ECS SealFailure Of LPG Pump,Data Collection








1A- Equipment type: centrifugal pump, back pull out design

Tag no.-  14P19

Location  Cr. LPG

Service   C3+C4 (Propane+Butane+propylene)


1B- Mechanical parameters:       

Bearing type  NU310/7310*2

Seal type ECS seal Double tandem

Flushing Plan 02,62 water quenching                                             

Seal box venting to closed flare

Cooling Plan- Plan G

Lubrication type- Oil splash lubrication

Lube oil grade--   Turbinol-68

Suction and discharge nozzle size-6"*300 & 4"*300

MOC of Major parts- SS-410, SS-316, CS


1C- Operation parameters:

     Service fluid: cracked LPG                          

     Temp:     45 C                                               

     Flow: 115 M3/hr                                       

          Sp.gr:   0.49                                                                                

          Diff. head:   75M                                                            

     NPSHr     1.0M                                                       

     Suct.pr: 210 PSI                                             

     Disch. pr: 263.5 PSI                              

     RPM: 1450                                                                                     

     Min. flow:    28 M3/hr

     Vapor pressure at p.t.: 200 PSI      


1D- monitoring facility:

Online primary seal failure detection facility      

Alarm / trip connected seal failure alarm      

Failure detection probability:    Fair



Failure mode and effect: both primary & secondary  (ECS) seal leaked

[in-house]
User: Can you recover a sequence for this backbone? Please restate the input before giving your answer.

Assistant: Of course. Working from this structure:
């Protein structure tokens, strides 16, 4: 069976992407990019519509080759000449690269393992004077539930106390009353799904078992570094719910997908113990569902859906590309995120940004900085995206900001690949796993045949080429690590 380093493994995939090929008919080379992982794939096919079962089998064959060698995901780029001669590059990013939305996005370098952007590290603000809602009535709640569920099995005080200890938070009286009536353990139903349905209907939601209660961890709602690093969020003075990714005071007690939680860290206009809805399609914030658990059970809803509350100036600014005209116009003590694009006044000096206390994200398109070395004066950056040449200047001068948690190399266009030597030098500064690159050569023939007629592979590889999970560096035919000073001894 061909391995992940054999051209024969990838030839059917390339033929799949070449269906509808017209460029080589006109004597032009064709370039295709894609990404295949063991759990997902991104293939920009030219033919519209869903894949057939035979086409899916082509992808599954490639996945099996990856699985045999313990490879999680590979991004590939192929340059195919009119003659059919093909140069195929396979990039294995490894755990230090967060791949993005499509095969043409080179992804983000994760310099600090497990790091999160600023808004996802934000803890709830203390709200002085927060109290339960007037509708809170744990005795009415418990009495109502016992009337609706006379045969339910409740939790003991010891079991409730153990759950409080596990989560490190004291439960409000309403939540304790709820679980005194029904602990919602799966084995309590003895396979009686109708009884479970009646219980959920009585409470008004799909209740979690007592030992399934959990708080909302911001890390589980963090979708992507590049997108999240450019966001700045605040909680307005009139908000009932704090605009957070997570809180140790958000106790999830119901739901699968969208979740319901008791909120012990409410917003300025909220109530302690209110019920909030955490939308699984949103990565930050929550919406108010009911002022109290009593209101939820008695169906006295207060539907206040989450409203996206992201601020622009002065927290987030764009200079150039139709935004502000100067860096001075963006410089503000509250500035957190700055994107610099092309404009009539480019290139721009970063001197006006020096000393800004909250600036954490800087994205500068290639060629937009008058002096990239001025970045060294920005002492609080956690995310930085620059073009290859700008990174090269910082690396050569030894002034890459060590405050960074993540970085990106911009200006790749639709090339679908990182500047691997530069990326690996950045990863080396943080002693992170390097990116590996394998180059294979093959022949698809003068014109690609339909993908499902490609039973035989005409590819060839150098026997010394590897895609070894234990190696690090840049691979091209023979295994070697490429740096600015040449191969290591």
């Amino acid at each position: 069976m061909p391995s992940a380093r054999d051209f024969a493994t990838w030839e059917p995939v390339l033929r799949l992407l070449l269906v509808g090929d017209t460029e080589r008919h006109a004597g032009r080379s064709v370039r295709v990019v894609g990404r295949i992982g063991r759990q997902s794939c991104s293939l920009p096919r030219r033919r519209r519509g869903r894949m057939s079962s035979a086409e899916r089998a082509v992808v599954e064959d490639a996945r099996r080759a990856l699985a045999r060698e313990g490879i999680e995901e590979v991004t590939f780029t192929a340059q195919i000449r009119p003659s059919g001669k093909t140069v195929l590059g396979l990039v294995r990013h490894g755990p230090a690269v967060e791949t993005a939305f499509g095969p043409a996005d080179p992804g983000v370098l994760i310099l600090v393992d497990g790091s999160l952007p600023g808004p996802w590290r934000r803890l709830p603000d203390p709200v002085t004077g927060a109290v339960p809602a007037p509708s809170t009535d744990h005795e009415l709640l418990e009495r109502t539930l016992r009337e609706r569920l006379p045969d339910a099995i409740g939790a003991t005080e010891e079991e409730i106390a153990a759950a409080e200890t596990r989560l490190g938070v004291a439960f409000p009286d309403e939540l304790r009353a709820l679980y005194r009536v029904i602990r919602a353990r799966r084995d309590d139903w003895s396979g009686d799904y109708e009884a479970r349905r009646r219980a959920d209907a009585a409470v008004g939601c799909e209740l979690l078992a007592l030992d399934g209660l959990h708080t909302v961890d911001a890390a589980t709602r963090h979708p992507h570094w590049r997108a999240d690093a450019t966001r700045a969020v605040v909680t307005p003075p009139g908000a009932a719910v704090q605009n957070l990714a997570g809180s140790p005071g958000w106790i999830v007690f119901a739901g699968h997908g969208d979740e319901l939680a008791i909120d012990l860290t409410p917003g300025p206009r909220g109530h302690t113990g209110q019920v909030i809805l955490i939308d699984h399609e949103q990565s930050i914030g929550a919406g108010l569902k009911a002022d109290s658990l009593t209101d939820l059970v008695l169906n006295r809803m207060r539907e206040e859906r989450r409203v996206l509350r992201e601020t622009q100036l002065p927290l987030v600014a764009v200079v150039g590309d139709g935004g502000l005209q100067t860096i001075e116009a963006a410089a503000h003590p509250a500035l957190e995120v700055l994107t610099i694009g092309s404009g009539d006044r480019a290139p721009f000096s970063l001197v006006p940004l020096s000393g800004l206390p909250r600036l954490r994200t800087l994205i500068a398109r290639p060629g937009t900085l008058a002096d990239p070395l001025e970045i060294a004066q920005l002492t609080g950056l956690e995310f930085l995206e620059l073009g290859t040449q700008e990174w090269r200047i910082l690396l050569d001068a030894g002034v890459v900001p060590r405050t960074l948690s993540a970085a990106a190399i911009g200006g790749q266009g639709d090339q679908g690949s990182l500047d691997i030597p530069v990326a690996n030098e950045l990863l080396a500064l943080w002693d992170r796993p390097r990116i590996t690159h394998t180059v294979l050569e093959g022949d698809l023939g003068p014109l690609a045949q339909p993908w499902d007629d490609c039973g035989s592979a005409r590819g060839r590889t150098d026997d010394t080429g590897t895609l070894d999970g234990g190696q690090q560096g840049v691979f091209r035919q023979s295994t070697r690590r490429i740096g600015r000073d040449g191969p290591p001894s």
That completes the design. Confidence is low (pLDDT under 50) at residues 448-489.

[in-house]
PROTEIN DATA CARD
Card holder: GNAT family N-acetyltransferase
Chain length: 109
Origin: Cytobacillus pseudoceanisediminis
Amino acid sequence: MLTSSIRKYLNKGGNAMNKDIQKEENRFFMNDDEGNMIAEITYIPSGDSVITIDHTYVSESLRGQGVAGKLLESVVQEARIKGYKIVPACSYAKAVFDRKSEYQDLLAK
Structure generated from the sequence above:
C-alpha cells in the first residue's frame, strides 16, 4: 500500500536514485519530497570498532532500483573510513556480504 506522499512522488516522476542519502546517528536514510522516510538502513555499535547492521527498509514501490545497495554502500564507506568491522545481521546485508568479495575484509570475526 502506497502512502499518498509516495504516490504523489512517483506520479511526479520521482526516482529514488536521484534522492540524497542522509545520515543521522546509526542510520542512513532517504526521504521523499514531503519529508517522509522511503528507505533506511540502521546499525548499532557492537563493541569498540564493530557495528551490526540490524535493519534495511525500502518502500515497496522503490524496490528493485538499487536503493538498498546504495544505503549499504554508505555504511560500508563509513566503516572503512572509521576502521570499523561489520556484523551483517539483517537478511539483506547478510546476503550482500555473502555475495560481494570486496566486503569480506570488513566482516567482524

Time of failure: 1st May 2002 @ 3 AM 

Detected by: Operation personnel 

Immediate action taken: Pump stopped and isolated immediately

Safety hazard: Yes

Environmental Hazard: Continuous leakage of LPG through seal.

Failure Reporting time: 1st May 2002 @ 10 AM   


Input process conditions:   

Suction condition trend:     O.K.

Temperature trend: constant 

Suction flow trend: N/A

Suction source level / pressure: suction drum pressure & level trend constant 


Output process conditions:

Discharge flow trend: though the reflux flow trend found constant,

heavy fluctuations observed in LPG run down flow and back pressure.

Discharge Temperature trend: N/A 

Discharge pressure trend: N/A    


Observations at site:

Cooling/flush Line and jacket condition: cooling water lines found through and clear. Scaling found inside stuffing box jacket.          

L.O Condition: Good No contamination observed.           

Coupling condition: Good and intact            

Foundation condition: OK              

Alignment readings on decouple: within limit             

Suction and discharge piping alignment: no piping stress          

Piping Foundation condition: in order

ECS Seal system: flare vent line found plugged           



Bearing condition: bearings found good and intact, no radial and axial play observed.

Bearing housing condition: OK             

Seal parts condition: heavy pitting on seal ring mating face. Seal ring packing ( "O" ring) totally burnt.  Heat marks on Insert mounting burnt and damaged. Rotary unit springs found broken in pieces.  Dust of carbon found around seal parts. Observations on secondary seal: wave springs broken, bellows found punctured. Rotary face and packing good and intact. Heat marks on shaft at sleeve sitting portion.           

Shaft condition/runout: OK, runout 0.001"